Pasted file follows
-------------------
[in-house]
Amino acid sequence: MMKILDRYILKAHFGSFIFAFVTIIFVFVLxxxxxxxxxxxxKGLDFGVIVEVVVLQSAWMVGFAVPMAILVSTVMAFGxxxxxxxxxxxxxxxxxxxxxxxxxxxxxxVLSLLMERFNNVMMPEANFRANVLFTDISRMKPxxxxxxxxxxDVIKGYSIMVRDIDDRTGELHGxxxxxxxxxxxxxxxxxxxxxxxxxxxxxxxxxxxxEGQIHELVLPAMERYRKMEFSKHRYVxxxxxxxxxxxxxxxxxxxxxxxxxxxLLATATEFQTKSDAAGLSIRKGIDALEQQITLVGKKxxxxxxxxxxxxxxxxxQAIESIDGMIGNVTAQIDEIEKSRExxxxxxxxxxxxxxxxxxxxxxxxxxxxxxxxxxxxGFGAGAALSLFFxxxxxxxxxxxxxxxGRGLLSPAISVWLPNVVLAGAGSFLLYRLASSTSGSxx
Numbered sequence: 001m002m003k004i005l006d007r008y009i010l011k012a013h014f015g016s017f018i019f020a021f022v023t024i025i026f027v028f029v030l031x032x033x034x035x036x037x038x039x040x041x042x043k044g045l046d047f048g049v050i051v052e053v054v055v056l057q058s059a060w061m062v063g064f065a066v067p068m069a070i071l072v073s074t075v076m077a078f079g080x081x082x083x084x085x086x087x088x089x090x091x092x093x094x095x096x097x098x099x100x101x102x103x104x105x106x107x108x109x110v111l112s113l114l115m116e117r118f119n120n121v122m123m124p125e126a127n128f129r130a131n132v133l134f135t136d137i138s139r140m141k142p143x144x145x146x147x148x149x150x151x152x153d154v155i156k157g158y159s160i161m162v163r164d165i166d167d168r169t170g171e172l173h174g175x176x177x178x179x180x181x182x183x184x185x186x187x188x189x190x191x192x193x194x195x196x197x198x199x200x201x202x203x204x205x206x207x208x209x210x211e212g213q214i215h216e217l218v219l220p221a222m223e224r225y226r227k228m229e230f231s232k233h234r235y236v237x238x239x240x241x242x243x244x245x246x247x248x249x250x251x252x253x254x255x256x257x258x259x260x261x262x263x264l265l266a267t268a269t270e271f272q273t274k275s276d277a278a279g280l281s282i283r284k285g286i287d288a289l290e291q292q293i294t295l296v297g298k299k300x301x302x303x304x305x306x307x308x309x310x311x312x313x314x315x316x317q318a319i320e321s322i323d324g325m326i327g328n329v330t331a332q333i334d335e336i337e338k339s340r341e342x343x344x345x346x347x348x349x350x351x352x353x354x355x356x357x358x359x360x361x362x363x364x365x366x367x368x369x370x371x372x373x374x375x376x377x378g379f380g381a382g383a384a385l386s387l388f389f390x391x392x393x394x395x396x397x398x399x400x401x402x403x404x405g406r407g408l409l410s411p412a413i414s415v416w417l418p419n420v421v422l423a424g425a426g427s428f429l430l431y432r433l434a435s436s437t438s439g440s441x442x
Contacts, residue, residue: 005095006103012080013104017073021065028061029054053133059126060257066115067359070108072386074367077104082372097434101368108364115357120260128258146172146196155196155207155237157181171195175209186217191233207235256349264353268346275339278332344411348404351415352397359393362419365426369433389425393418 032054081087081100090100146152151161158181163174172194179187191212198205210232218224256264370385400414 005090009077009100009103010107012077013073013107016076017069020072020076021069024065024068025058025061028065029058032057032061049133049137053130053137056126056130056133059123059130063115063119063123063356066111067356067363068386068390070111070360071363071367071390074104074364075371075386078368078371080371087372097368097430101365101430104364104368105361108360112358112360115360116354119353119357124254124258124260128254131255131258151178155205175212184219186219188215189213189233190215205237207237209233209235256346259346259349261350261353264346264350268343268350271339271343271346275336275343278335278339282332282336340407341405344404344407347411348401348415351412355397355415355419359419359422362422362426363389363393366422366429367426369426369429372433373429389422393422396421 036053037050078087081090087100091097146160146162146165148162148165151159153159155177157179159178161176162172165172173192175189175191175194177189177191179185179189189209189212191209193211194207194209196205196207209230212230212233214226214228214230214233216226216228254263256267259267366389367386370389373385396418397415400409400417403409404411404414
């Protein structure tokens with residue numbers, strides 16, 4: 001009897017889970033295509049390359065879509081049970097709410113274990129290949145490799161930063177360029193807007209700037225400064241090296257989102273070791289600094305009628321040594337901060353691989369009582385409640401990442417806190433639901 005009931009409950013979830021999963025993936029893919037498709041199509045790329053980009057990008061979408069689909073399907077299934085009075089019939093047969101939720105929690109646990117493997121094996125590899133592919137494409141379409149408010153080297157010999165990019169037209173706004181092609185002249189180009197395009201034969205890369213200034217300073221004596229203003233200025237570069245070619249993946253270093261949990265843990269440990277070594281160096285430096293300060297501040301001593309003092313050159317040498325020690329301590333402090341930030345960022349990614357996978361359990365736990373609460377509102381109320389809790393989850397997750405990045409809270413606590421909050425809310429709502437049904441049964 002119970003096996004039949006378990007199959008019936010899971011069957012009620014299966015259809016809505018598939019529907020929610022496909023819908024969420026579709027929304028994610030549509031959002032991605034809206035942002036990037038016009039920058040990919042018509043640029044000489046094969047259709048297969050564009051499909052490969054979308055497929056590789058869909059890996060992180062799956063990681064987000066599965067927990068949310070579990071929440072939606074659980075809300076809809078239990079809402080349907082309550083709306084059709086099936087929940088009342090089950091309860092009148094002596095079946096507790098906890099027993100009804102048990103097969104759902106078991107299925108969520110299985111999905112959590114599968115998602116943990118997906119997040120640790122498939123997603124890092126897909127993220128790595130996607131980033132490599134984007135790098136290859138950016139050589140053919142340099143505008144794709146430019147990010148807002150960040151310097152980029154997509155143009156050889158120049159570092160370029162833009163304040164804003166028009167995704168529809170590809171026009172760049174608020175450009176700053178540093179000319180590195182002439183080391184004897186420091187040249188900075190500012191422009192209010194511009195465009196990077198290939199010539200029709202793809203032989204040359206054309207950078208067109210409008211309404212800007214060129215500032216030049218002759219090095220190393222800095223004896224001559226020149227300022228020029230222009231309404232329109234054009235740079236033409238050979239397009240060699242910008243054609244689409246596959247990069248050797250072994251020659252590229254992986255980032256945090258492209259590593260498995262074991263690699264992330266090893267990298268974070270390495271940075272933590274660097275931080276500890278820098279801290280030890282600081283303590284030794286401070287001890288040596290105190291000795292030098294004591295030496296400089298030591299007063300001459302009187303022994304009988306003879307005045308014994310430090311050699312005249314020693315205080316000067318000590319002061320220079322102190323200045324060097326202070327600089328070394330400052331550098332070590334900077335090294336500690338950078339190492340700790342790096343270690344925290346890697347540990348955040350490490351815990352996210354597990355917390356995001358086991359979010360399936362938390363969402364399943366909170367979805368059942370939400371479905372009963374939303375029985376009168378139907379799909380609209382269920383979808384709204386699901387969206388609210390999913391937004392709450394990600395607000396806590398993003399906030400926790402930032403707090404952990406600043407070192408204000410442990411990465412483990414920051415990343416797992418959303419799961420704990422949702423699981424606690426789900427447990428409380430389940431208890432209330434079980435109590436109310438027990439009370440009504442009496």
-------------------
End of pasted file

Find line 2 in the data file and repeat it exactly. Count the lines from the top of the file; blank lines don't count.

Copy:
Amino acid sequence: MMKILDRYILKAHFGSFIFAFVTIIFVFVLxxxxxxxxxxxxKGLDFGVIVEVVVLQSAWMVGFAVPMAILVSTVMAFGxxxxxxxxxxxxxxxxxxxxxxxxxxxxxxVLSLLMERFNNVMMPEANFRANVLFTDISRMKPxxxxxxxxxxDVIKGYSIMVRDIDDRTGELHGxxxxxxxxxxxxxxxxxxxxxxxxxxxxxxxxxxxxEGQIHELVLPAMERYRKMEFSKHRYVxxxxxxxxxxxxxxxxxxxxxxxxxxxLLATATEFQTKSDAAGLSIRKGIDALEQQITLVGKKxxxxxxxxxxxxxxxxxQAIESIDGMIGNVTAQIDEIEKSRExxxxxxxxxxxxxxxxxxxxxxxxxxxxxxxxxxxxGFGAGAALSLFFxxxxxxxxxxxxxxxGRGLLSPAISVWLPNVVLAGAGSFLLYRLASSTSGSxx